St. Paul’s bishop gives organizations three years to stop raising funds by games of chance

By  Glen Argan, Canadian Catholic News
  • March 6, 2007
ST. PAUL, Alta. - The choice of Catholic organizations to raise funds from gambling “is scandalous and compromises the religious identity of the institution or organization,” says the bishop of St. Paul.
In a pastoral letter issued Ash Wednesday, Feb. 21, Bishop Luc Bouchard said he is giving Catholic parishes, schools and other organizations in his diocese up to three years to stop pursuing revenues derived from gambling.

Bouchard also calls on the 57,000 Catholics in his northeastern Alberta diocese to contact their MLAs to state four concerns or recommendations:

  • that legalized gambling does an injustice to a vulnerable minority;

  • that the province should set up â"an impartial and open public review of legalized gambling in order to see if the current and future benefits of gambling are not outweighed by their costs";

  • that the province substantially increase â"the quality and quantity"of counselling resources available for problem gamblers; and

  • that VLTs (video lottery terminals) and video slot machines should be eliminated or, at the very least, restricted to licensed casinos.

Bouchard also called on the faithful to examine their own gambling behaviour â"and resolve not to contribute to a culture of gambling. Be especially conscious of the example you set for your children."

The bishop said he wrote the 2,800-word pastoral letter â"after much prayer and thought, solely because the issue is so serious."

The Alberta bishops have long spoken against the growing culture of gambling in the province. In 1998, as a group they issued a statement – The False Eden of Gambling – that urged governments â"to avoid seeing gambling as a cash cow to be milked for ever-increasing monies."Bishop Fred Henry has spoken strongly against gambling since his arrival in Calgary in 1998 and last year convinced the Calgary Catholic School District to end the involvement of school councils in casinos.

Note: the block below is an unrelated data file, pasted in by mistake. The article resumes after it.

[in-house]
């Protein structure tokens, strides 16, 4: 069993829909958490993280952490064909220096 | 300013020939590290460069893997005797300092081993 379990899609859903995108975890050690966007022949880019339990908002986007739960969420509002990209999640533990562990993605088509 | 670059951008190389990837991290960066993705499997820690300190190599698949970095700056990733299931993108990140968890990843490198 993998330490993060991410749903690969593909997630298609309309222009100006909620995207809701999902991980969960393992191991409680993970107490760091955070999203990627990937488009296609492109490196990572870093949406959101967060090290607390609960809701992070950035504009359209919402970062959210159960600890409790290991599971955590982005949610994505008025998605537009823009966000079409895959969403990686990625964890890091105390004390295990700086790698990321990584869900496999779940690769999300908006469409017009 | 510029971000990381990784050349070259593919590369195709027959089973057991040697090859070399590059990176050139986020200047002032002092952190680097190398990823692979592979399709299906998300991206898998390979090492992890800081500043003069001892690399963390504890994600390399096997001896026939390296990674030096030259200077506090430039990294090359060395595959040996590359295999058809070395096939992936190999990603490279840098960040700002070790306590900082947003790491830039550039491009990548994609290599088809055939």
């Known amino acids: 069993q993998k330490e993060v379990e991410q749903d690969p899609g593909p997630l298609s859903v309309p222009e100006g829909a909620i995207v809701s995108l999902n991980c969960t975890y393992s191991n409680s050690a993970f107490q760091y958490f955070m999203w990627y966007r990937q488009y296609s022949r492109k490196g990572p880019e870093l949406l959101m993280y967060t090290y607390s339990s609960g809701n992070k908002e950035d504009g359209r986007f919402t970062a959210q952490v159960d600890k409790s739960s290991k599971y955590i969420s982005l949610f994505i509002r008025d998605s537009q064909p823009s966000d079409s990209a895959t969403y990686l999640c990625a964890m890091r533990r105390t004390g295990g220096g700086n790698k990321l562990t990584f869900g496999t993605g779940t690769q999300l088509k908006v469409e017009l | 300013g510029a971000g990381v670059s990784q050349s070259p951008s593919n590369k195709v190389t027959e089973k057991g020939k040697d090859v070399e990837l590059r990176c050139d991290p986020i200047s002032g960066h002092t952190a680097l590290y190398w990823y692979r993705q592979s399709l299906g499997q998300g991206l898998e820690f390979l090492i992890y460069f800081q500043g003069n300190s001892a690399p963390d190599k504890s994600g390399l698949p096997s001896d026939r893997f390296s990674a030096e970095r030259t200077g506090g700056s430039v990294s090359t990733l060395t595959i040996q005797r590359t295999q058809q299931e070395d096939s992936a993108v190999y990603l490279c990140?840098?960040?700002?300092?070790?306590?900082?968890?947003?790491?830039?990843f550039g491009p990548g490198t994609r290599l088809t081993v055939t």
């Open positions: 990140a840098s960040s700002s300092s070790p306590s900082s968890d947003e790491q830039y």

In his letter, Bouchard traces the history of gambling in Alberta since 1967 when the only gambling was â"relatively innocent games of chance and skill"taking place on the midways of agricultural fairs and exhibitions. Today, the province has 6,000 VLTs, 8,000 slot machines, 2,300 lottery ticket centres, five racetracks, three racing entertainment centres and 17 permanent casinos. About $1.3 billion a year is raised through gambling in the province.

â"Gambling in Alberta is so visible and so ever present that no one any longer even notices what a profound ethical transformation has occurred in such a short period of time,"Bouchard said. â"In less than 30 years, Alberta was transformed from a province that scorned gambling as disreputable and undesirable to one that now enthusiastically promotes gambling as an entertainment."

Bouchard chronicles the efforts of citizens' groups in the late 1990s to have VLTs banned in the province, noting that in local plebiscite campaigns, â"they were easily outspent by the pro-VLT Alberta Hotel Association."The pro-VLT lobby â"framed the issue as one of civil liberties vs. censorship"and defended people's so-called freedom of choice.

But Bouchard describes gambling as a violation of social justice.

While the Catholic Church has no well-developed teaching on the morality of gambling, it espouses principles such as human dignity, the common good, solidarity and the preferential option for the poor and vulnerable, which he says are â"in very sharp conflict"with legalized gambling.

â"Legalized gambling is not socially harmless but quite destructive to individuals, to families and ultimately to communities."

About 80 per cent of Albertans gamble and suffer no difficulties, he notes. But of the four or five per cent who do experience serious difficulties from gambling, roughly 80 per cent say their main problem is addiction to VLTs. Of those who do play VLTs, 21.8 per cent report serious problems.

A 2002 study found that gamblers with severe problems in Alberta were losing an average of $700 a month, Bouchard said.

The bishop quotes a report by the Vanier Institute on the Family that says "up to 90 per cent of pathological gamblers have considered suicide and 20 per cent of those in treatment actually attempted it."Those most severely affected by gambling are disproportionately poor and they "constitute a most vulnerable minority."

(Western Catholic Reporter )

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